Scientists identify bone cells that could help children who need corrective facial surgery

Our bones are smart. Bones know that by adolescence it's time to stop growing longer and stronger, and from that point on bones keep their shape by healing injuries.

This question of why bones grow longer and stronger in children, but stay static in adults—yet retain the ability to heal themselves, has long perplexed scientists in the regeneration field. But researchers from the University of Michigan, Kyoto University and Harvard University believe they may have unearthed a big piece of this puzzle.

The team discovered that a certain subset of cartilage-making cells, known as , replicate themselves, make other and drive bone growth—findings that could lead to new treatments for children with facial deformities who normally have to wait until adulthood for corrective surgery.

The study by Dr. Noriaki Ono, U-M assistant professor of dentistry, and colleagues will appear online Nov. 24 in Nature Cell Biology.

It's long been thought that these chondrocytes die when children reached adolescence and their bones stopped growing, Ono said. However, the fact that bone still heals itself even without chondrocytes caused intense debate among researchers.

Ono's group found that some chondrocytes don't die, but rather transform themselves into other types of bone-growing and bone-healing cells.

"Up until now, the cells that drive this have not been understood very well. As an orthodontist myself, I have special interest in this aspect, especially for finding a cure for severe bone deformities of the face in children," he said. "If we can find a way to make bones that continue to grow along with the child, maybe we would be able to put these pieces of growing bones back into children and make their faces look much better than they do."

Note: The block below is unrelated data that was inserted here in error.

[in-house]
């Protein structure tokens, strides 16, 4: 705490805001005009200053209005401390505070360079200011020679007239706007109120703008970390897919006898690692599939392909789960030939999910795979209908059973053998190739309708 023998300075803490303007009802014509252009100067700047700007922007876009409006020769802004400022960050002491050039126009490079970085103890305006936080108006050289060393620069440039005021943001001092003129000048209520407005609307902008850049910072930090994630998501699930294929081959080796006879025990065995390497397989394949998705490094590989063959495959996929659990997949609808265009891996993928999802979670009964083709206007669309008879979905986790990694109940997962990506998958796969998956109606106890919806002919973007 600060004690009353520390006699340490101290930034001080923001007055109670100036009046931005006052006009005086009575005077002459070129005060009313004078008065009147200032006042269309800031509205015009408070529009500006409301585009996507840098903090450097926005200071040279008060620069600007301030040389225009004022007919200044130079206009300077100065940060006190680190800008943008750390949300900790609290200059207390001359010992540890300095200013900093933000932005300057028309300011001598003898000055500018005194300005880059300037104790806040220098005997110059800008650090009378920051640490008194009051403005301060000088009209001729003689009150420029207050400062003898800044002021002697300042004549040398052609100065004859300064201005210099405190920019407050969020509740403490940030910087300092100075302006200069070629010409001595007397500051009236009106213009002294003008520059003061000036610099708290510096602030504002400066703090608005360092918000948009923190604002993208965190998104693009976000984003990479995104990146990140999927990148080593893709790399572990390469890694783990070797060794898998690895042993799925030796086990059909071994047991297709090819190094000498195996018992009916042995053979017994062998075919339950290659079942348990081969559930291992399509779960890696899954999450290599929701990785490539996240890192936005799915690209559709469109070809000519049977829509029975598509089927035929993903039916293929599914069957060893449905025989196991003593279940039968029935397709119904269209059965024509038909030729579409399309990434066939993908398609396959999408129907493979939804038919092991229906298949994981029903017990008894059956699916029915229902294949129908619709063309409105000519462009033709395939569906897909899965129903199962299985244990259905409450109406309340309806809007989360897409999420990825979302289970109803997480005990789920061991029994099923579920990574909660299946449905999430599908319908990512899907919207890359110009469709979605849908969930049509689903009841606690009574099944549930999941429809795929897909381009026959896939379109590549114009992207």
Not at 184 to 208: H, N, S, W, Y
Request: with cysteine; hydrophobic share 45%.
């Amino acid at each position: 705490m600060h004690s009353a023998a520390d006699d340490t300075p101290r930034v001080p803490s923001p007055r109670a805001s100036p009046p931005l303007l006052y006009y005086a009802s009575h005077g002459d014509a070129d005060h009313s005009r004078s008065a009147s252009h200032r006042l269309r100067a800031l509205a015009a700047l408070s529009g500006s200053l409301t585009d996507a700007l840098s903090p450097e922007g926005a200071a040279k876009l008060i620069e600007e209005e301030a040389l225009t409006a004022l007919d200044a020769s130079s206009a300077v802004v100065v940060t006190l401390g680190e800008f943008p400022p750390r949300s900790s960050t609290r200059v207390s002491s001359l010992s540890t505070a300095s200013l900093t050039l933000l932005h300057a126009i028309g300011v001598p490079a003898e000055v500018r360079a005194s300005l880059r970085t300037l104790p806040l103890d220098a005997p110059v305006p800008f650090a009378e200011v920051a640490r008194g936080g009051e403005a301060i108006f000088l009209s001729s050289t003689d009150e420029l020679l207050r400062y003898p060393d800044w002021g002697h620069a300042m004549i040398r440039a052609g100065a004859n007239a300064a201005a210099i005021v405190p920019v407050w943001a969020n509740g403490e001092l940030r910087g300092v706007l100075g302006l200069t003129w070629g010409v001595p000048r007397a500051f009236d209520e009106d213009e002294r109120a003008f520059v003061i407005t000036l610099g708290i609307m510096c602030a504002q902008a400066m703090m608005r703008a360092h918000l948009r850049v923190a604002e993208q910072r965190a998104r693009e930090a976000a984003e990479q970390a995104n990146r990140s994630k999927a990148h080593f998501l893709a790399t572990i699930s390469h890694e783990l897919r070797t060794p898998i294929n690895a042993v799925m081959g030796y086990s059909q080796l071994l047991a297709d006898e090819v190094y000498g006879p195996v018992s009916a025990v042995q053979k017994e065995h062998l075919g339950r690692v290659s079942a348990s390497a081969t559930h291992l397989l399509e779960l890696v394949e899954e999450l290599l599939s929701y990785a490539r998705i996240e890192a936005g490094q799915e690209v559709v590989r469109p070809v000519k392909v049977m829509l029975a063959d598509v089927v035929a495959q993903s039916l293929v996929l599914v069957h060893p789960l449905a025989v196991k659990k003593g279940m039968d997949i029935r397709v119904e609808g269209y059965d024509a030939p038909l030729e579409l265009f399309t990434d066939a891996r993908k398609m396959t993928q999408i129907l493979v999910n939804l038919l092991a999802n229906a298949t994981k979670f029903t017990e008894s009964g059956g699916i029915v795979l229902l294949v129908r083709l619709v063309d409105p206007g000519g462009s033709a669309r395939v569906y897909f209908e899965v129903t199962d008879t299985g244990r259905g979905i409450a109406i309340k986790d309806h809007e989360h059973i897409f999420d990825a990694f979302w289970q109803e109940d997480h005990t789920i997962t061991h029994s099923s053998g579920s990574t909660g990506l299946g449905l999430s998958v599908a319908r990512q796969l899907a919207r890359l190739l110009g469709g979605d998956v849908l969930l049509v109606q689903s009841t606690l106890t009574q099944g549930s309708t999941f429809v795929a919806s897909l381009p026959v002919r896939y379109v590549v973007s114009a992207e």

Ono said one of the challenges in the bone and cartilage field is that stem cells haven't really been identified. The only widely accepted idea is that certain stem cells help bones grow and heal, but that's only discussed in the context of adults with such as osteoporosis.

Many factors cause craniofacial deformities, and all are devastating to children, he said. In children with Goldenhar syndrome, underdeveloped facial tissues can harm the developing jawbone. Another called deformational plagiocephaly causes a child's head to grow asymmetrically.


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More information: "A Subset of Chondrogenic Cells Provides Early Mesenchymal Progenitors in Growing Bones" Nature Cell Biology, DOI: 10.1038/ncb3067
Journal information: Nature Cell Biology

Citation: Scientists identify bone cells that could help children who need corrective facial surgery (2014, November 24) retrieved 20 October 2019 from https://medicalxpress.com/news/2014-11-scientists-bone-cells-children-facial.html
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